NEW YORK/TORONTO (Reuters) - More U.S. retailers looking for fresh markets are turning to Canada, lured by their northern neighbor’s resilient economy, strong currency and the familiarity with their brands.
Express Inc, a specialty clothing retailer with about 600 U.S. stores, last week opened a Canadian store in Toronto and said it would have six by the end of the year.
Nordstrom Inc and Kohl’s Corp is looking into opening department stores in Canada, though neither has announced plans.
Target Corp, the No.2 U.S. discount retail chain behind Wal-Mart Stores Inc, expects to start opening Canadian stores in 2013.
Many chains see Canada as untapped territory, having nearly run out of promising locations in the United States to open new stores, said retail consultant Wendy Evans.
“Many of them have reached or are about to reach saturation in the U.S.,” said Evans, whose firm, Evans and Co, advises companies on cross-border expansion.
U.S. chains are also looking for ways to counter a poor outlook for retail sales at home because of unemployment and a weak economy.
Home improvement chain Lowe’s Cos Inc, which last month reported worse-than-expected quarterly sales, has sought a boost in Canada where it has 28 locations. It has about 1,700 stores in the United States.
“Canada is going well,” Lowe’s Chief Executive Robert Niblock told Reuters last month. “We have got many more stores in the pipeline.”
The United States has nine times as many people as Canada’s population of about 34 million.
But compared to a U.S. economy in danger of tipping into a double-dip recession, Canada is holding up much better, even though it is vulnerable to any U.S. slowdown. It also has regained all the jobs lost in the 2008-09 recession.
Its currency has traded at nearly the same value as the U.S. dollar for years, flattering the top lines of retailers that report their results in greenbacks.
Zale Corp, which owns Peoples Jewellers, Canada’s largest jewelry chain, said the Canadian dollar added 1 percentage point to its sales gains in established stores last fiscal year.
Zale gets 17 percent of its sales north of the border, where its stores generated on average $1.4 million last year, compared with $1.2 million stateside at its Zales chain.
Upscale jewelry store chain Tiffany & Co this year opened a store in Calgary to tap that oil boomtown’s growing wealth.
To be sure, Canada’s economic picture is far from perfect. Unemployment rose to 7.3 percent in August, and Canadian retail sales slipped 0.6 percent in July, a steeper-than-expected drop.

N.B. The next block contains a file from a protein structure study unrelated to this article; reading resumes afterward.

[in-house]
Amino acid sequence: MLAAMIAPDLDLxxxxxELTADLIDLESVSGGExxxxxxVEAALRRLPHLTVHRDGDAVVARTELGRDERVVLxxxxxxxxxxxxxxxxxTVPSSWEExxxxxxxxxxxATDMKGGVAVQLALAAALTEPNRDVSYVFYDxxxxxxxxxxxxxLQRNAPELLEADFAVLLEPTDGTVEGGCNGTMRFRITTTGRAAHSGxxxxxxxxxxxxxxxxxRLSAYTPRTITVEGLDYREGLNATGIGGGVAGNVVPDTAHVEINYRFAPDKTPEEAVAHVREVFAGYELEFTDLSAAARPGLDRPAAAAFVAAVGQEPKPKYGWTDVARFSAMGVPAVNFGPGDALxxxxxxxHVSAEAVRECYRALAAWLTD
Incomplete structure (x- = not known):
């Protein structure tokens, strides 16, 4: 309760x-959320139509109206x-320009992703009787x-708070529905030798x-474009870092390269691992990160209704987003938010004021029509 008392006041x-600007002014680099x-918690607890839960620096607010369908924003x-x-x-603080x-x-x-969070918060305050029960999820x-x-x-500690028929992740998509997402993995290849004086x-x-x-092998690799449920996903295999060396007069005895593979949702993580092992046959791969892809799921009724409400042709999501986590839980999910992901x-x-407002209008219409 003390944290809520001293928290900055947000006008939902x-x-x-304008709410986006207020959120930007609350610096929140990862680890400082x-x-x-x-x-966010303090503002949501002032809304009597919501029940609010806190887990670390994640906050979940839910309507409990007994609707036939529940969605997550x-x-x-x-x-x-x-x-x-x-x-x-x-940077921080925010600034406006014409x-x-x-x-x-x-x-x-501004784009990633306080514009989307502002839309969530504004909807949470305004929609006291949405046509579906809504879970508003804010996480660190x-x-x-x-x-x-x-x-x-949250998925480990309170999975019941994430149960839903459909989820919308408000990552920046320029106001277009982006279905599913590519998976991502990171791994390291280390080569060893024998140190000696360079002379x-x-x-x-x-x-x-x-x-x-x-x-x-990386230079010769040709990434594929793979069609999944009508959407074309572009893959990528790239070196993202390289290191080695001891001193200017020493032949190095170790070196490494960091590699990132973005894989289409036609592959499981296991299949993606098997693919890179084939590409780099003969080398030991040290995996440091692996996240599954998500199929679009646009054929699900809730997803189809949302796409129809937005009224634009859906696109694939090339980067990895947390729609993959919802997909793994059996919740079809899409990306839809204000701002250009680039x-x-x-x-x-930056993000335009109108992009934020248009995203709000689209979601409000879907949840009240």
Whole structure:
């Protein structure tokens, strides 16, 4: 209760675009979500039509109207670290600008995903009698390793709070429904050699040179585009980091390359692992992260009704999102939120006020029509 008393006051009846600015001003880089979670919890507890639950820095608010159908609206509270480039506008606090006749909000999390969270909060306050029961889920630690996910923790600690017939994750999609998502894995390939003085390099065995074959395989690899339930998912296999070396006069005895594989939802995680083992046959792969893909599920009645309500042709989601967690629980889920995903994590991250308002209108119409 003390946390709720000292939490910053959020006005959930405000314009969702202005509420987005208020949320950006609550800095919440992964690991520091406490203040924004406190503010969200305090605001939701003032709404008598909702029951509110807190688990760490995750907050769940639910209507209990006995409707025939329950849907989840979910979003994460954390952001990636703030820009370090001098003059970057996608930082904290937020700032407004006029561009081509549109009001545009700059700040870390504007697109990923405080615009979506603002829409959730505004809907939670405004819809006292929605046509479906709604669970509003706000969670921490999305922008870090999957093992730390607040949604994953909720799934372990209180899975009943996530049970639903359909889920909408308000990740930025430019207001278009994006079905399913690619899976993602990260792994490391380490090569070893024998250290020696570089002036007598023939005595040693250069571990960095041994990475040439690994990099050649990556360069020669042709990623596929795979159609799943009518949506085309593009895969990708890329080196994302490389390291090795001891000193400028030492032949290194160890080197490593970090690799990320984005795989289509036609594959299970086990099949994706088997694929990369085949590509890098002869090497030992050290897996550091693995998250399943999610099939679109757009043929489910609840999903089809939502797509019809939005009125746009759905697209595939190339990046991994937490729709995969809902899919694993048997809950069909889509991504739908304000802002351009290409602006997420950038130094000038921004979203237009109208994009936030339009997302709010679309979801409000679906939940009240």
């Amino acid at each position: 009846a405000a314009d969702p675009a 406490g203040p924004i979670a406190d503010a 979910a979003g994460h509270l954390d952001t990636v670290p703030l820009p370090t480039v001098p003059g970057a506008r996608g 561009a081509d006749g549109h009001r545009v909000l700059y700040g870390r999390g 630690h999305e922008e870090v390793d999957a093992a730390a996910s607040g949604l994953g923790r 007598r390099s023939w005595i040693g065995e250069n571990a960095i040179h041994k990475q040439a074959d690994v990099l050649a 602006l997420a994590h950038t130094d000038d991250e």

Cultural differences might be a constraint. Consumer spending accounts for 58 percent of Canada’s gross domestic product, compared with 70 percent in the United States. Even so, that might suggest more room for growth if Canadians adopt the free-spending ways of their American neighbors.
For retailers, one of the attractions is that they often can charge higher prices than in the United States for the same products, much to the chagrin of consumers.
J. Crew Group Inc, which last month opened its first Canadian store, annoyed Canadian shoppers with its higher prices. The company told Toronto’s Globe and Mail newspaper that prices would remain about 15 percent higher because of the costs of doing business in Canada.
Canadian shoppers prize value, making the country “fertile ground” for lower-price chains, said John O‘Bryan, vice chairman of commercial real estate firm CBRE Canada.
That’s one reason that the trend of expanding in Canada is most evident among discount retailers.
Target Corp plans to open up to 150 outlets. Wal-Mart has some 329 stores in Canada, with more to come.
TJX Cos Inc, earlier this year opened its first Canadian location for its Marshalls discount department store chain, and believes the market could sustain 100 stores.
For chains considering their first venture outside the United States, Canada is an obvious destination. Retailers and analysts say Canadians are familiar with U.S. names, in part because thousands of them make cross-border shopping trips every year to take advantage of lower prices and greater selection in the states.
“Canadians have been shopping Express for years. We see a lot of Canadian activity around our border locations,” said Express spokeswoman Barbara Coleman. Express may open up to 50 stores within five years.
But the push also stems from a concern among retailers that spot locations are becoming more scarce.
“There is limited real estate,” said Daniel Baer, Canadian retail and consumer products leader at Ernst & Young. “They want to be in certain key malls where space is limited.”
Working with Canadian commercial real estate developers is different than with U.S. developers, Nordstrom Chief Financial Officer Michael Koppel said at a conference earlier this month.
The upscale retailer, which is opening fewer full-service department stores at home, started looking north last year.
“It’s going to take us some time,” Koppel said. “But it’s something we’re very committed to and putting a lot of energy behind.”
Analysts say that retailers are right to be deliberate and make sure they understand the Canadian market’s nuances before taking the plunge.
“Just picking up a store that you have in the U.S. and plopping it down in Toronto is not going to mean you are successful,” said Alison Paul, vice chairman at Deloitte LLP.
Reporting by Phil Wahba in New York and Allison Martell in Toronto. Additional reporting by Jessica Wohl and Brad Dorfman in Chicago and Dhanya Skariachan in New York. Editing by Frank McGurty and Robert MacMillan